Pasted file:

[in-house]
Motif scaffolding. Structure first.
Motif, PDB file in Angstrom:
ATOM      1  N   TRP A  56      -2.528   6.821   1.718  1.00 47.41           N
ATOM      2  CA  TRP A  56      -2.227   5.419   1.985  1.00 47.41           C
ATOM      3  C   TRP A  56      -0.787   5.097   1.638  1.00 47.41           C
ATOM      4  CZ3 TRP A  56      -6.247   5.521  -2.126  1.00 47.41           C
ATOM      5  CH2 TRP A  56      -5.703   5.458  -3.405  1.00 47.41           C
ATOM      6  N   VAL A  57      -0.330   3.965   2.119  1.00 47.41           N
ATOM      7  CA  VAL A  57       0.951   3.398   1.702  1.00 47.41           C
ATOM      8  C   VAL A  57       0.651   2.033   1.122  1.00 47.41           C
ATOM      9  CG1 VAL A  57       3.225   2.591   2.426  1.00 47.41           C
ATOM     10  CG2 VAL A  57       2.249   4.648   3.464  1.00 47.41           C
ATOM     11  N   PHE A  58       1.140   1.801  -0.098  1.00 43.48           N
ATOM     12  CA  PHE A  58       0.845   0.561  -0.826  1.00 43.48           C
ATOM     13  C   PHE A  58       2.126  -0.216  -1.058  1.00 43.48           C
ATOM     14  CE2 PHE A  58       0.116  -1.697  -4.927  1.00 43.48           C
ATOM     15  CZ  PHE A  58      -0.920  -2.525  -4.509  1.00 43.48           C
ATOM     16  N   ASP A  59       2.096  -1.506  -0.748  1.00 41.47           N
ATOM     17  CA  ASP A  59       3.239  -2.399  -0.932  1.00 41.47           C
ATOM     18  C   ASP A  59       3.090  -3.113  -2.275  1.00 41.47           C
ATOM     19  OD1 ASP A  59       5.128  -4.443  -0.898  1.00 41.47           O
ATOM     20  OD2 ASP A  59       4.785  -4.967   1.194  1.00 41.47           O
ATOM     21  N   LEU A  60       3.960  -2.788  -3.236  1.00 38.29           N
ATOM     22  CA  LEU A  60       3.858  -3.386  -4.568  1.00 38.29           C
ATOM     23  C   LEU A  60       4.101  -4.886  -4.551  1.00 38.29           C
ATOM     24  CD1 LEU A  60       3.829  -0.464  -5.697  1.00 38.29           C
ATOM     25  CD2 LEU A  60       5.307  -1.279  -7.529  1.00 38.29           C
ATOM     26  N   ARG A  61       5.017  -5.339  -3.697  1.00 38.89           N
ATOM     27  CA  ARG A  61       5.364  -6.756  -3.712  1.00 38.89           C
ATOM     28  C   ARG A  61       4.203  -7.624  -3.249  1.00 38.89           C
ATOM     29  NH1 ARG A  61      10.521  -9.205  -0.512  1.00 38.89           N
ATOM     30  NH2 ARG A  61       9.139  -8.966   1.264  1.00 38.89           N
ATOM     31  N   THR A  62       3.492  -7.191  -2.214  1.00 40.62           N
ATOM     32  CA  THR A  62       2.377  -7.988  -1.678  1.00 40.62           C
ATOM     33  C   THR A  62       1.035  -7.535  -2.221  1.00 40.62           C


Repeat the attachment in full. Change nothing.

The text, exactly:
[in-house]
Motif scaffolding. Structure first.
Motif, PDB file in Angstrom:
ATOM      1  N   TRP A  56      -2.528   6.821   1.718  1.00 47.41           N
ATOM      2  CA  TRP A  56      -2.227   5.419   1.985  1.00 47.41           C
ATOM      3  C   TRP A  56      -0.787   5.097   1.638  1.00 47.41           C
ATOM      4  CZ3 TRP A  56      -6.247   5.521  -2.126  1.00 47.41           C
ATOM      5  CH2 TRP A  56      -5.703   5.458  -3.405  1.00 47.41           C
ATOM      6  N   VAL A  57      -0.330   3.965   2.119  1.00 47.41           N
ATOM      7  CA  VAL A  57       0.951   3.398   1.702  1.00 47.41           C
ATOM      8  C   VAL A  57       0.651   2.033   1.122  1.00 47.41           C
ATOM      9  CG1 VAL A  57       3.225   2.591   2.426  1.00 47.41           C
ATOM     10  CG2 VAL A  57       2.249   4.648   3.464  1.00 47.41           C
ATOM     11  N   PHE A  58       1.140   1.801  -0.098  1.00 43.48           N
ATOM     12  CA  PHE A  58       0.845   0.561  -0.826  1.00 43.48           C
ATOM     13  C   PHE A  58       2.126  -0.216  -1.058  1.00 43.48           C
ATOM     14  CE2 PHE A  58       0.116  -1.697  -4.927  1.00 43.48           C
ATOM     15  CZ  PHE A  58      -0.920  -2.525  -4.509  1.00 43.48           C
ATOM     16  N   ASP A  59       2.096  -1.506  -0.748  1.00 41.47           N
ATOM     17  CA  ASP A  59       3.239  -2.399  -0.932  1.00 41.47           C
ATOM     18  C   ASP A  59       3.090  -3.113  -2.275  1.00 41.47           C
ATOM     19  OD1 ASP A  59       5.128  -4.443  -0.898  1.00 41.47           O
ATOM     20  OD2 ASP A  59       4.785  -4.967   1.194  1.00 41.47           O
ATOM     21  N   LEU A  60       3.960  -2.788  -3.236  1.00 38.29           N
ATOM     22  CA  LEU A  60       3.858  -3.386  -4.568  1.00 38.29           C
ATOM     23  C   LEU A  60       4.101  -4.886  -4.551  1.00 38.29           C
ATOM     24  CD1 LEU A  60       3.829  -0.464  -5.697  1.00 38.29           C
ATOM     25  CD2 LEU A  60       5.307  -1.279  -7.529  1.00 38.29           C
ATOM     26  N   ARG A  61       5.017  -5.339  -3.697  1.00 38.89           N
ATOM     27  CA  ARG A  61       5.364  -6.756  -3.712  1.00 38.89           C
ATOM     28  C   ARG A  61       4.203  -7.624  -3.249  1.00 38.89           C
ATOM     29  NH1 ARG A  61      10.521  -9.205  -0.512  1.00 38.89           N
ATOM     30  NH2 ARG A  61       9.139  -8.966   1.264  1.00 38.89           N
ATOM     31  N   THR A  62       3.492  -7.191  -2.214  1.00 40.62           N
ATOM     32  CA  THR A  62       2.377  -7.988  -1.678  1.00 40.62           C
ATOM     33  C   THR A  62       1.035  -7.535  -2.221  1.00 40.62           C